Principles Underlying the Effective use of a Lay Advisory Committee in Solving a Community Education ProblemKent, Bruce Martin 01 January 1952 (has links)
No description available.
Pickles, Kimberly Owen
01 January 2014
The purpose of this research study is to examine the instructional practices of teachers who are currently teaching homeless students in their classroom. This study identified eight teachers in two suburban elementary schools that have students in their current classrooms that are experiencing homelessness. In addition, the research study explored the needs considered and strategies that teachers use to differentiate and accommodate their instructional practices to maximize achievement for these students. Qualitative data was collected by a study of teacher interviews through collective ethnographic case studies. Additionally, quantitative data was collected through evaluator observations of the selected classrooms to observe the differences between the identified students and the students not experiencing homelessness. Additional artifacts were submitted from teachers to support data collection. This study revealed key themes of successful pedagogical practices of elementary teachers with instructional strategies and non-instructional strategies. These themes included instructional strategies of planning, learning groups, and homework modifications. Non-instructional strategies included themes of relationships, supports, and needs.
Fostering Creativity Through a Nonlinear Approach to Teaching Technology at Wood River Middle SchoolHull, Warren Edgar 02 February 2007 (has links)
The purpose of this thesis is to address the following research questions: 1) what is the current status of creativity research in a typical classroom, and 2) how does an instance of exemplary teaching serve to encourage creativity in a technology education setting? The first research question is focused on through a thorough review of published literature on creativity in order to frame the second research question. The second research question is addressed by understanding how Mr. Brad Thode, the technology teacher at Wood River Middle School in Hailey, Idaho, encourages his students to be creative. By investigating this one program, it will provide a greater understanding and deeper insight into how to promote creativity in students. Specifically, a phenomenological case study approach is used to investigate Mr. Thode and his nonlinear teaching style and to see how he fosters and promotes creativity in his classroom and among his students. Special attention is given to practices, methods, traits, etc. that have the potential to be replicated or modified for use in other classrooms. Findings are framed in the four generally accepted components of creativity: person, product, process, and press. Results indicate that creativity can be modeled and recommendations for promoting creativity in the classroom are outlined.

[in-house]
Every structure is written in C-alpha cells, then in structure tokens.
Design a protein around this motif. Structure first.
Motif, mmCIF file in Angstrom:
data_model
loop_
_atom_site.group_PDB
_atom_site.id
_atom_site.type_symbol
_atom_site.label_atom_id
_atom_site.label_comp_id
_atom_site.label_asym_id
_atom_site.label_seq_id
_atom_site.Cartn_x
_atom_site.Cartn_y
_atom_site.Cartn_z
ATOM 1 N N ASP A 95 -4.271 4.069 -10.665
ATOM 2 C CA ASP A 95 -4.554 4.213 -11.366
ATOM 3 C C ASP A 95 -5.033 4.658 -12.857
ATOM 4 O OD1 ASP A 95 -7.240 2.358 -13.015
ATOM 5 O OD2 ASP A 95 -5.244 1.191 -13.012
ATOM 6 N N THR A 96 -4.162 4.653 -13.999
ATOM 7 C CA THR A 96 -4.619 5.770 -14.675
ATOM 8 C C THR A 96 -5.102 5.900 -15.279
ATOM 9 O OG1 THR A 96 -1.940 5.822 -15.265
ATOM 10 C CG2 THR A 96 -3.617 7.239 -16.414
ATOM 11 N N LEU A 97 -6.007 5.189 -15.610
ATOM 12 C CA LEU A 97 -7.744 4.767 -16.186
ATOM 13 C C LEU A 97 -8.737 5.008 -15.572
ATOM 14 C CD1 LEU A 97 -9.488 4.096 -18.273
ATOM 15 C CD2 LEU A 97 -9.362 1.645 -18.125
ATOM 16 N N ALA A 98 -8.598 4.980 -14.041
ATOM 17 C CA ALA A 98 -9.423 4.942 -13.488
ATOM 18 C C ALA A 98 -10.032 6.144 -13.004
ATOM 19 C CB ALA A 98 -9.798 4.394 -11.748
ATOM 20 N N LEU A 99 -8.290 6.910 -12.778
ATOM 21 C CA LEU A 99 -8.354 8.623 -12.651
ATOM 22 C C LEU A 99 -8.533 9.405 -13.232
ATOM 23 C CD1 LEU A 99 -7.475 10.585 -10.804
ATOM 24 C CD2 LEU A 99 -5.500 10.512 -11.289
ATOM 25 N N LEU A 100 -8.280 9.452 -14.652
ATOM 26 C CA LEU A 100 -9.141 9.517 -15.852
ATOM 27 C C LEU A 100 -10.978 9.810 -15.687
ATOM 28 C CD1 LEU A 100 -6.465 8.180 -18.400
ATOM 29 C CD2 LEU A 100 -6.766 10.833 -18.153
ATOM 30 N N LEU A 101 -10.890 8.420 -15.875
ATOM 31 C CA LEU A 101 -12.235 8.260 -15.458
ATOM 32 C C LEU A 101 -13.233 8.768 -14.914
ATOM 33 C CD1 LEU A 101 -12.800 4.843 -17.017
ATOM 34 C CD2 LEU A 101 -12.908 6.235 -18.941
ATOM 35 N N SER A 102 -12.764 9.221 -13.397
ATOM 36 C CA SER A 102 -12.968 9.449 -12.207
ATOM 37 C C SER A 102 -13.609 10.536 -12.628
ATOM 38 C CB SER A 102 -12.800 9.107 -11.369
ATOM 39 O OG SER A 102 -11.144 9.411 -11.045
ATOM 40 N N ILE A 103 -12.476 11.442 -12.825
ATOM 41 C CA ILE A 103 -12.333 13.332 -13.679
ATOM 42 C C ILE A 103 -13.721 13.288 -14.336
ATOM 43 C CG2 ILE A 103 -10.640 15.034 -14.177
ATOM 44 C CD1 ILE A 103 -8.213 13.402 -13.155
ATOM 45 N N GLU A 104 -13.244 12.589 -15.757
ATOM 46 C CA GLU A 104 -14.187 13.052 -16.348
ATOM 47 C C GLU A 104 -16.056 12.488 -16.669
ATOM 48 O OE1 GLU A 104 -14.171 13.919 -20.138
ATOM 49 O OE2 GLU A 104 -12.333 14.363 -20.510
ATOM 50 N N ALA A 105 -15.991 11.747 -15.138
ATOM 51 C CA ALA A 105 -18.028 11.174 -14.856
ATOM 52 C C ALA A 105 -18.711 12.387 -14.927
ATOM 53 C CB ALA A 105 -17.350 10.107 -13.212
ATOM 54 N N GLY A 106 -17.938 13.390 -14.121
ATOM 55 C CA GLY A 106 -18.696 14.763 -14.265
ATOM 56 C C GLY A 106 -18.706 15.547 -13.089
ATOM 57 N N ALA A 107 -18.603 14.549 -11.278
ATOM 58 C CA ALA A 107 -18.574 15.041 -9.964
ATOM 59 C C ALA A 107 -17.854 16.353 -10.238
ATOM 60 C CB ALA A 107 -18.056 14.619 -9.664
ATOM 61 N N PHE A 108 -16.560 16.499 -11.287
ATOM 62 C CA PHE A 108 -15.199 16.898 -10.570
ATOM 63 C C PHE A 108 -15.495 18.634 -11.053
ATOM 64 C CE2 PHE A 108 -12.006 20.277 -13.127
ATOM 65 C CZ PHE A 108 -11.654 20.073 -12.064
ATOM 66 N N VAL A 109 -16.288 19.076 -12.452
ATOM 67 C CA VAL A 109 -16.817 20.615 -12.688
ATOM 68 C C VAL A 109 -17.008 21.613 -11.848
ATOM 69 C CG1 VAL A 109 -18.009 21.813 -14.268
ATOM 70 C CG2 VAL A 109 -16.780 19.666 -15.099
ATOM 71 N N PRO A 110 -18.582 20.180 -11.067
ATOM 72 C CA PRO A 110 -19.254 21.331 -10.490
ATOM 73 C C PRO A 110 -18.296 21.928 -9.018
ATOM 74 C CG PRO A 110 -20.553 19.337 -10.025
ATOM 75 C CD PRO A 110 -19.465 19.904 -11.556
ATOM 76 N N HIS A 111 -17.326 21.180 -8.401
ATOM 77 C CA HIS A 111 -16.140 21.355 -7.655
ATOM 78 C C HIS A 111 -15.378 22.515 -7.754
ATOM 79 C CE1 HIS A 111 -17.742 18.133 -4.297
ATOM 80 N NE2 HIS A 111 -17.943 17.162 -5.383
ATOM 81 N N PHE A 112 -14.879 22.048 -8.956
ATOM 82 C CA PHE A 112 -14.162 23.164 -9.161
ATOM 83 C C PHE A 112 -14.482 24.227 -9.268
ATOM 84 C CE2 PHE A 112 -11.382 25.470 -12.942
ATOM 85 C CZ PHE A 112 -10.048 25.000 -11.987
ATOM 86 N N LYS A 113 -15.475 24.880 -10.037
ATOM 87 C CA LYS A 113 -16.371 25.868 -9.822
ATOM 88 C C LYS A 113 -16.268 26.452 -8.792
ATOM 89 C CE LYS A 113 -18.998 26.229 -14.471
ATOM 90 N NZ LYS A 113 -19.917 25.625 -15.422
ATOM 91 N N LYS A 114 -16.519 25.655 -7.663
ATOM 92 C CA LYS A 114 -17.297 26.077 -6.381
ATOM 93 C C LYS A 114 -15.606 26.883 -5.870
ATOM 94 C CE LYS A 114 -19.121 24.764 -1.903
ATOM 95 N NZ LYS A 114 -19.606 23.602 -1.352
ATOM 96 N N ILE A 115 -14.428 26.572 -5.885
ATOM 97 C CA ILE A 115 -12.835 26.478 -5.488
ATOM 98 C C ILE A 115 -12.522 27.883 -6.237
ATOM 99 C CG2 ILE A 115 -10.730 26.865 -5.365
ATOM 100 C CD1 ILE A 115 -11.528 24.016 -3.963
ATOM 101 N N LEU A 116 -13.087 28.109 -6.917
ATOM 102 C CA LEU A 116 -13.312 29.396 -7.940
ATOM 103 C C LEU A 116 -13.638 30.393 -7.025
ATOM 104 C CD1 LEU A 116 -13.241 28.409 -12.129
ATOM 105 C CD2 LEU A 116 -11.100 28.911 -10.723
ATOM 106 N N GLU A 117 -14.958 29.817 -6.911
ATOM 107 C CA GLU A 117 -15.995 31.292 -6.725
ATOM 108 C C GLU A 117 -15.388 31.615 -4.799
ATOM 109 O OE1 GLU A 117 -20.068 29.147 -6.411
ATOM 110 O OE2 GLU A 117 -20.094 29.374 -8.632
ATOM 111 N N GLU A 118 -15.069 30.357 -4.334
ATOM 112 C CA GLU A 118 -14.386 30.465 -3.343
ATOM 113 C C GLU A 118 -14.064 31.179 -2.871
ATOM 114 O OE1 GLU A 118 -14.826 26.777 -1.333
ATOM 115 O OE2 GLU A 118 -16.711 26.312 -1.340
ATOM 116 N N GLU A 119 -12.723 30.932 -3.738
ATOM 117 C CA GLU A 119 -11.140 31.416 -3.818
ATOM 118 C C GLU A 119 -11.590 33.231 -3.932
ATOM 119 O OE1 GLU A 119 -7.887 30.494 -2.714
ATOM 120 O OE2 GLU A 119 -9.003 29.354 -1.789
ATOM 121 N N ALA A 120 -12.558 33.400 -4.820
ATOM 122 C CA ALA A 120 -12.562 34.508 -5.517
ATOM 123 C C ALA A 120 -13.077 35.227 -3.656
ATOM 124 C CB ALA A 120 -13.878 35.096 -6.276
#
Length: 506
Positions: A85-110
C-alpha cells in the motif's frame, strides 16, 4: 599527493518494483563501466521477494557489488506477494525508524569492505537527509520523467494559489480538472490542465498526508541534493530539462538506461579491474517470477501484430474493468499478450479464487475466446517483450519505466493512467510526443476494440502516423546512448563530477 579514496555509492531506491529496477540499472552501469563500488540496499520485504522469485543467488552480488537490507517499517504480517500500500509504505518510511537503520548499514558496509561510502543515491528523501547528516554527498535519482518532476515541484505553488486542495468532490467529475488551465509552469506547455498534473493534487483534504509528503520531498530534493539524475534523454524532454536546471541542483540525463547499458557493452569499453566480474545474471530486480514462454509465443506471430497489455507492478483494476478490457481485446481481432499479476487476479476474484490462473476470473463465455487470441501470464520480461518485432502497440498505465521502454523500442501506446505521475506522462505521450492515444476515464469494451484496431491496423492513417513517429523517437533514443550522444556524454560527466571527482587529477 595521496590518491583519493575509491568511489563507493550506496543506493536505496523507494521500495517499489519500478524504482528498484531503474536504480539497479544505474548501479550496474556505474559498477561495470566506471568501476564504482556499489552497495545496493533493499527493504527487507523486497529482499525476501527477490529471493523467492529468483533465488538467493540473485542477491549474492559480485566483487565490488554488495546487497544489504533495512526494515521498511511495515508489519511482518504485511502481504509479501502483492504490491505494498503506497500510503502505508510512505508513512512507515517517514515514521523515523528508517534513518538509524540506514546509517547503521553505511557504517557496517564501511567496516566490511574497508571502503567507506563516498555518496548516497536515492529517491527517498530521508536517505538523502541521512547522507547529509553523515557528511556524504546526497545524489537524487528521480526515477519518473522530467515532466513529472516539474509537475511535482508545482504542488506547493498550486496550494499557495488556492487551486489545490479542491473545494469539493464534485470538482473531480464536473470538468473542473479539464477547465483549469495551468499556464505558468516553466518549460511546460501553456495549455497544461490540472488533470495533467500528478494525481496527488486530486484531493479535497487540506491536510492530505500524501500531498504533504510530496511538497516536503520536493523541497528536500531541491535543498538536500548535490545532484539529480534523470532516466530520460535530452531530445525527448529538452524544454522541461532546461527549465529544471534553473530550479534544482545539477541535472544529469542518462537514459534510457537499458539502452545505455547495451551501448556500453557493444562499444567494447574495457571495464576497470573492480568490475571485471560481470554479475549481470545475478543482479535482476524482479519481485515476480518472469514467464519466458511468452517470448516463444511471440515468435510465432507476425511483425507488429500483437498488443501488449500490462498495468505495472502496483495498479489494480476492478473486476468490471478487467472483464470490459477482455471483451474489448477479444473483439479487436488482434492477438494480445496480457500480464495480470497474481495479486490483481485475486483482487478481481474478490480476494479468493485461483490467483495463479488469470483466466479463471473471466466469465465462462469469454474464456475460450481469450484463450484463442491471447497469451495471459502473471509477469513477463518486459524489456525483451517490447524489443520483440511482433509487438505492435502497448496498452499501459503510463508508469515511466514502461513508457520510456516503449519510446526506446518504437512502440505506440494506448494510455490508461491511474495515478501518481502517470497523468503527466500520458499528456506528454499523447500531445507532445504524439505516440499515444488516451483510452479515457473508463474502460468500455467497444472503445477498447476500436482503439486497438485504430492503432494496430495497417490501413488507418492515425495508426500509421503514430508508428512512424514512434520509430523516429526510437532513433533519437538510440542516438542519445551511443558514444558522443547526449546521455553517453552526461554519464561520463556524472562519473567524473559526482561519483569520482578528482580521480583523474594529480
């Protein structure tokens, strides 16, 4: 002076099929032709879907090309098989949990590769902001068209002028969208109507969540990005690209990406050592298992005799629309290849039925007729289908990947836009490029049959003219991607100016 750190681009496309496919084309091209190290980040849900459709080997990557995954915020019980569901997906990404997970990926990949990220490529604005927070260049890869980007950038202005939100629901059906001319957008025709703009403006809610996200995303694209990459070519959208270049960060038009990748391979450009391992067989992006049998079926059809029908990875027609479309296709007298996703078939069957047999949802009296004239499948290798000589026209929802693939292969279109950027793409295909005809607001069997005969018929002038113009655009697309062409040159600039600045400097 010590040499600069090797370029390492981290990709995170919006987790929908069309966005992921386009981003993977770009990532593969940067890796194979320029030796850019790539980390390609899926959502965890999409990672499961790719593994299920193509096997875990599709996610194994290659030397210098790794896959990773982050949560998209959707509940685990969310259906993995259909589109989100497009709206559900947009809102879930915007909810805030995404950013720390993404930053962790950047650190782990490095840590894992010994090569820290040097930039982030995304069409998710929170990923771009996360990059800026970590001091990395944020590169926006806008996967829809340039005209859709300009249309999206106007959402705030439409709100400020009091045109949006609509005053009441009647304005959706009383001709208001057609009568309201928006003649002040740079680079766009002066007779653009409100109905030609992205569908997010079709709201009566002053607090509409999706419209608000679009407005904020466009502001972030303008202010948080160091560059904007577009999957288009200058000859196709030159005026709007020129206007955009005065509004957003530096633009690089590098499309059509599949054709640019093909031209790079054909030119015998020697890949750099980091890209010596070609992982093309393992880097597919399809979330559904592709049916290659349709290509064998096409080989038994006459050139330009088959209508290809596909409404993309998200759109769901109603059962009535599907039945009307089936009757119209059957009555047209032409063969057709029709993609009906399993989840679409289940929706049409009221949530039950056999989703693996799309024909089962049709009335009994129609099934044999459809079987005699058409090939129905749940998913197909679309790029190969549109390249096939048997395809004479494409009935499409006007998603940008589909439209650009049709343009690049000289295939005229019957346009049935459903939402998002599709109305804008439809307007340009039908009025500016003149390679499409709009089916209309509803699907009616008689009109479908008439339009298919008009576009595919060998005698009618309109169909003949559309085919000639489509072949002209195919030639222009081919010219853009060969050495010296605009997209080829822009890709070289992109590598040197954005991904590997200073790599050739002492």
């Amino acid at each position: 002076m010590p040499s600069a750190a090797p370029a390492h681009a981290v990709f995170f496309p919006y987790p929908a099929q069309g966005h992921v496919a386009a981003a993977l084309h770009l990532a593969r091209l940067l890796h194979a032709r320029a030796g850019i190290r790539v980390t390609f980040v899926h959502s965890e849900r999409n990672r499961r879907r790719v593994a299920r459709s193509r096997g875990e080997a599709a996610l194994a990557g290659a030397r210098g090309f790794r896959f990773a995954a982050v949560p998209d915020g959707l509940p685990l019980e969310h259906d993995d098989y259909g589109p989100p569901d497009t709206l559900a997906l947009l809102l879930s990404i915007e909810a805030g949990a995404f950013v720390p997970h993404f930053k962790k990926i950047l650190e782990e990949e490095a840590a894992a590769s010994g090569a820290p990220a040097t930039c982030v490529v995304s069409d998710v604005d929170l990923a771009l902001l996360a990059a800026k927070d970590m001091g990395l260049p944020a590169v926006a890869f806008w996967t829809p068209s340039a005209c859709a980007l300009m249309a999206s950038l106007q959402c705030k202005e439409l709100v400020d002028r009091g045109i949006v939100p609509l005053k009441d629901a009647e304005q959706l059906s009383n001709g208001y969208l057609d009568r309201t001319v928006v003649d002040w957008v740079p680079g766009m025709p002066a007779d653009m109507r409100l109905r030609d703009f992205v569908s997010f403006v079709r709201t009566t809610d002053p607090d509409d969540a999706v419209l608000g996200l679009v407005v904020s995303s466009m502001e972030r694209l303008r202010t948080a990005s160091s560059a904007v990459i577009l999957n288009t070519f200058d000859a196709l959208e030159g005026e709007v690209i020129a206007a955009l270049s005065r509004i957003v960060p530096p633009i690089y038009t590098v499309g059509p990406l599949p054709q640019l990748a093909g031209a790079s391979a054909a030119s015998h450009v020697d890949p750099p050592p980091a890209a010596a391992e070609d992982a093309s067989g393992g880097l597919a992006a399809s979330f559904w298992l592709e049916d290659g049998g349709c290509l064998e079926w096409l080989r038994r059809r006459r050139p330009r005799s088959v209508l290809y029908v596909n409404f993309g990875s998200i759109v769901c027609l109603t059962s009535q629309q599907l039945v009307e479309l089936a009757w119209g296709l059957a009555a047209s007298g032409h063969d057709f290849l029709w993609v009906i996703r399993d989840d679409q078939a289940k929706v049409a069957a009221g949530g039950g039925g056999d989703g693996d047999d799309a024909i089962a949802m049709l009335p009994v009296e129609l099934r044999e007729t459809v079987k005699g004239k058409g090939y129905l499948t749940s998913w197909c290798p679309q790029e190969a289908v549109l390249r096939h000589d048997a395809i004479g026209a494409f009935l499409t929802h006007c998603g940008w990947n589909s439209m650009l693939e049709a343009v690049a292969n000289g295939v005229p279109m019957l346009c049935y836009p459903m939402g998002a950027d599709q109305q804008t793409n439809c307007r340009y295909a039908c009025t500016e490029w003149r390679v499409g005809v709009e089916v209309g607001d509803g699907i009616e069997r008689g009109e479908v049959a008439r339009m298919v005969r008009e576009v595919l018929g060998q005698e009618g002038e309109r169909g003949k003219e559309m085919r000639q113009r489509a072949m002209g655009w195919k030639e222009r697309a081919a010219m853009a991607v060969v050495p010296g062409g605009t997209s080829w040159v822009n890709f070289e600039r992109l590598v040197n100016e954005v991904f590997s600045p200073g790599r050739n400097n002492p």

PARENTING NUTRITION SKILLS WORKSHOP: AN EVALUATION OF FACILITATED GROUP DISCUSSIONS TO ENHANCE PARENTING NUTRITION SELF EFFICACYDawes, Lisa A, Ms. 01 May 2013 (has links)